Mendes’ Taberna do Mercado restaurant moved into one of the kitchens at Old Spitalfields Market earlier this year. Previously located in a bricks and mortar site within the Spitalfields Market building, the informal Portuguese restaurant was well-received but struggled to make ends meet, with the chef taking to Instagram to eloquently explain the challenges faced by Taberna do Mercado, and London restaurants more generally, shortly before the closure.
“In that location we needed to have a strong lunch and evening trade. The evening was great but lunch was tricky. We needed a lower price point. The average food spend in the market is £6 to £7. It’s so hard to bend that low serving quality food from a bricks and mortar place. We could not compete. These are challenging times to be operating. No matter how passionate you are, it’s hard to survive.”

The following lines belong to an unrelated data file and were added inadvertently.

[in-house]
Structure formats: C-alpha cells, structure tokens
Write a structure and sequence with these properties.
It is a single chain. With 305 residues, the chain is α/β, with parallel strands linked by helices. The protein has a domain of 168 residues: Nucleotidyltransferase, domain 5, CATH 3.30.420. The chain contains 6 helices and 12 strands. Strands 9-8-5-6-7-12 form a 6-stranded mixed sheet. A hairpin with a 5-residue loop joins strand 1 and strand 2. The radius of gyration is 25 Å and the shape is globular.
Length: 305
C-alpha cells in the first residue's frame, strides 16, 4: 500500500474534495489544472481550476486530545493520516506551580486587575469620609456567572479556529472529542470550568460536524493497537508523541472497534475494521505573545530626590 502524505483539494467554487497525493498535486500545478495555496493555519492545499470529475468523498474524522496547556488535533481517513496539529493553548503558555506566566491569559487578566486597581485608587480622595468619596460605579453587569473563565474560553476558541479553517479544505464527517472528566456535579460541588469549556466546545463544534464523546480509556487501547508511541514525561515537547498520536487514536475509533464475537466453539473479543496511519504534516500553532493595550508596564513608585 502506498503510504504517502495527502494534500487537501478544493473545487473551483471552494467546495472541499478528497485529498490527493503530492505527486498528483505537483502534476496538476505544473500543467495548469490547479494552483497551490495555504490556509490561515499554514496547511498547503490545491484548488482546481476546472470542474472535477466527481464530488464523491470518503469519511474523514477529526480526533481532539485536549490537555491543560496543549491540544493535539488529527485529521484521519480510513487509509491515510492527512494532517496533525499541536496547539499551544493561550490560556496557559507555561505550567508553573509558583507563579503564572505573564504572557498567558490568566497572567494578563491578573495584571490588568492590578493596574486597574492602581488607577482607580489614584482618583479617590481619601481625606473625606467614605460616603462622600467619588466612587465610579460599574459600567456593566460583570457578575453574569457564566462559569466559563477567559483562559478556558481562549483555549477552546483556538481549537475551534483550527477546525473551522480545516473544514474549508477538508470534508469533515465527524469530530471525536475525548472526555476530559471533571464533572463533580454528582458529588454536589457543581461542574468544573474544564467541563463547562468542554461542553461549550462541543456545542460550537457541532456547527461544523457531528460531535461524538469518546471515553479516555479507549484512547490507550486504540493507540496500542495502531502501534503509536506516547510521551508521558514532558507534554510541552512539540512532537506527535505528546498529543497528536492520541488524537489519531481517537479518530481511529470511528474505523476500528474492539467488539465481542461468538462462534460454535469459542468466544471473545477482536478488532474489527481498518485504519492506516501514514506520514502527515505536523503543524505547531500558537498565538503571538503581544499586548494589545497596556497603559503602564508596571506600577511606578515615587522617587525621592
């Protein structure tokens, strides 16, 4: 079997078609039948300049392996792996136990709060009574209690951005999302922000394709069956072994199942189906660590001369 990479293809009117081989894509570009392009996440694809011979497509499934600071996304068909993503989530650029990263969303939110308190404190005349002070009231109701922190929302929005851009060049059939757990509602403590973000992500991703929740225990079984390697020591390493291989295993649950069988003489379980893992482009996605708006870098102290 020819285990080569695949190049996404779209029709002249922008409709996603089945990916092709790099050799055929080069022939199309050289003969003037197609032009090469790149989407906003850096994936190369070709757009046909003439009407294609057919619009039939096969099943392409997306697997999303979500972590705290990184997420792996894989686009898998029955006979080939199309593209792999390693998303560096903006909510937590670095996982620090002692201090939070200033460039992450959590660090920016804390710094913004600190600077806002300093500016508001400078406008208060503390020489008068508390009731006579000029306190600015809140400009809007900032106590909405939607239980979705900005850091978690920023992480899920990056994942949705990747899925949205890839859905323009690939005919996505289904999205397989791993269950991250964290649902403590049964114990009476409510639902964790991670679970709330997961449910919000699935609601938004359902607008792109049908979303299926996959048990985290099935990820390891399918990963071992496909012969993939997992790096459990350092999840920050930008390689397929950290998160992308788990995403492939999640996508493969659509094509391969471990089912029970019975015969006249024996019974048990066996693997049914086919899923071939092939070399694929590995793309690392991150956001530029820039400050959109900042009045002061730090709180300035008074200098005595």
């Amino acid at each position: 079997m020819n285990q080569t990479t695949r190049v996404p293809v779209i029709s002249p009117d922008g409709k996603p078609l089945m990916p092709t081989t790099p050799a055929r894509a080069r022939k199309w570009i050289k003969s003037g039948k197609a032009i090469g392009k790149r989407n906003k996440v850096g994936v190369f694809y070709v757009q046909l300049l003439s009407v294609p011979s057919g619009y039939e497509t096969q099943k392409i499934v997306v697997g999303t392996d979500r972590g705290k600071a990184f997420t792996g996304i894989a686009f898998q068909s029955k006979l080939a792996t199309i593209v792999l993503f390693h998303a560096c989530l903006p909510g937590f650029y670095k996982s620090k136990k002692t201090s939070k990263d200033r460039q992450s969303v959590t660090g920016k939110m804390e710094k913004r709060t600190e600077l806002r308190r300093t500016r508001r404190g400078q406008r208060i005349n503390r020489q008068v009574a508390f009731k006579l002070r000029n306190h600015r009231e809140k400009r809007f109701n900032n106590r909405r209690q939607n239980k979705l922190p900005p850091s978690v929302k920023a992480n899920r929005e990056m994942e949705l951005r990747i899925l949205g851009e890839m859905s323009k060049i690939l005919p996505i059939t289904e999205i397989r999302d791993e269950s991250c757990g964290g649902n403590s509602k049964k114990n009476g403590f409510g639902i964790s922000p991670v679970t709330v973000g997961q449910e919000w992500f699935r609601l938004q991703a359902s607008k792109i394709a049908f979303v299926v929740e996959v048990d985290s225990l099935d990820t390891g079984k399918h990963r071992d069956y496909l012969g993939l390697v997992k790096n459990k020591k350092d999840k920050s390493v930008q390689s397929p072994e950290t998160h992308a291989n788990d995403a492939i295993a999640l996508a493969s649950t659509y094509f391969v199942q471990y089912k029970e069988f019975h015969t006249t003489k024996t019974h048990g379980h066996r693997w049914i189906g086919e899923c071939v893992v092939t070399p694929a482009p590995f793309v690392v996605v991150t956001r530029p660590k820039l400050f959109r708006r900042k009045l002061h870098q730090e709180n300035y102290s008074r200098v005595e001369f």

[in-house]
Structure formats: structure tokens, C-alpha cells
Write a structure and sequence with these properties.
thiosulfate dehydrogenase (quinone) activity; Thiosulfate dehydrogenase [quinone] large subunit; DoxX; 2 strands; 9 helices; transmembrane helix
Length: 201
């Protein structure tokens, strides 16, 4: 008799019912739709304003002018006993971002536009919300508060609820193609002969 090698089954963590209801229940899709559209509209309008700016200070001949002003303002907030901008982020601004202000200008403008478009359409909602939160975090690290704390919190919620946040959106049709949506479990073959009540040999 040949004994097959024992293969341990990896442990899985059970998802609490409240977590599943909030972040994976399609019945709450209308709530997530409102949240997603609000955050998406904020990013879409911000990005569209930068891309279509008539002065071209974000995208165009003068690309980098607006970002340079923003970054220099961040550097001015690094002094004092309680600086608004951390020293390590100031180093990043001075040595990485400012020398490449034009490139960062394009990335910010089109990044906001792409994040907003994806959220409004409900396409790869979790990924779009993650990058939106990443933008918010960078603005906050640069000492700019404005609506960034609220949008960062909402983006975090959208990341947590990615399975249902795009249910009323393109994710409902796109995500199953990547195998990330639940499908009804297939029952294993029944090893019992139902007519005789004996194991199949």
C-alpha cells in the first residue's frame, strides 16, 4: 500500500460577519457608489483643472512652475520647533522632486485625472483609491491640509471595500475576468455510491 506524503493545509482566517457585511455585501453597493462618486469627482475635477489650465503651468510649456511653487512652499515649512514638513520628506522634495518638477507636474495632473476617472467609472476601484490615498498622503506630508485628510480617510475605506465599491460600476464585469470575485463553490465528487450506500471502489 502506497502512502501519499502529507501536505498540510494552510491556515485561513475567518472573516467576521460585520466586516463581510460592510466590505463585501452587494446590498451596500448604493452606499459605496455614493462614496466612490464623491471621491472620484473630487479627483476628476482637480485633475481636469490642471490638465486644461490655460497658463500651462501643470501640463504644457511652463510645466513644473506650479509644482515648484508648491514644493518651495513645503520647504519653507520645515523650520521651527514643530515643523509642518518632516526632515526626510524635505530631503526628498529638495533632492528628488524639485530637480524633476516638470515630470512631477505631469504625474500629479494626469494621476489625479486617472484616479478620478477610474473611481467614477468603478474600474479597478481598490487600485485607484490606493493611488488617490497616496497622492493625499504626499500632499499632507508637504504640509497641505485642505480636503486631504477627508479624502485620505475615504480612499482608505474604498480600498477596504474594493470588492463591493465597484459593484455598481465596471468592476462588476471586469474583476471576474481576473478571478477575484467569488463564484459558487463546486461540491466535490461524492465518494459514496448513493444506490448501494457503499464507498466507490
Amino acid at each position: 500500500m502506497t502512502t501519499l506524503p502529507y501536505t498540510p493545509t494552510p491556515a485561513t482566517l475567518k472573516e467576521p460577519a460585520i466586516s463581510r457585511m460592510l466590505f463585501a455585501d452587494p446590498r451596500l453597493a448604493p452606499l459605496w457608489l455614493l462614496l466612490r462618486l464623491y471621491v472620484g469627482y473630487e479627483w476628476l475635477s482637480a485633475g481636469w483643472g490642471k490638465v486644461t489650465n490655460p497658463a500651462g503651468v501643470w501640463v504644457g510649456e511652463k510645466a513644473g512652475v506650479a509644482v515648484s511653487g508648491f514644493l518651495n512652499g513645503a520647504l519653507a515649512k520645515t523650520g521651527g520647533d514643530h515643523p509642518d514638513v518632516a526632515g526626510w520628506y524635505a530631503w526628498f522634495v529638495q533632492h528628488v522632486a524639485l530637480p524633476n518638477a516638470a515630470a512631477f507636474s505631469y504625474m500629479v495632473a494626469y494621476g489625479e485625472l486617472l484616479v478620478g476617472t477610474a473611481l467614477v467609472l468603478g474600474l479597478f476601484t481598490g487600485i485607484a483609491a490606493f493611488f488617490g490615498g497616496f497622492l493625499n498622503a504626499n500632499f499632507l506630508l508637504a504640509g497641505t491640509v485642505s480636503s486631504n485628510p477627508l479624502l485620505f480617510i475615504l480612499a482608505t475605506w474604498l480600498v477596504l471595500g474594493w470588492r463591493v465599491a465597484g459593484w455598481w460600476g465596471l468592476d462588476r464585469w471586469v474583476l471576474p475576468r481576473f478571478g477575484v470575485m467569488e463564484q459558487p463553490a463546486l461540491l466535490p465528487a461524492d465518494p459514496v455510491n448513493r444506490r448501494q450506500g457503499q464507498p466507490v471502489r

The space is now a wine-focused bar that serves drinks to those eating in the market. Mendes has some input, but he doesn’t consider it one of his projects. He is in the process of finding a new location for Taberna do Mercado. “I love Spitalfields but I feel like Taberna needs to be in a neighbourhood, and ideally my own neighbourhood (he currently lives in Haggerston).”
Taberna do Mercado opened in 2015. That same year Mendes launched a £1.75m crowdfunding campaign to reopen Viajante in a refurbished Victorian riverfront warehouse in Wapping. The project – which would have required a total investment of more than £5m – failed to meet its target.
There was talk of funding from other sources but the project is now off the table, and Mendes says he’s gone off the idea of a Viajante reboot entirely. “It was a fun project but I’m not so sure about a Viajante 2.0 now. It was what it was. I’m happy we’re not opening in Wapping. In this climate it would have been tough. Nobody knows what is going to happen next. I’m not done, but this is it for now.”
This is a web version of an article that first appeared in the August issue of Restaurant magazine, the leading title for the UK's restaurant industry. For more features, comment, interviews and in-depth analysis of the restaurant sector subscribe to Restaurant magazine here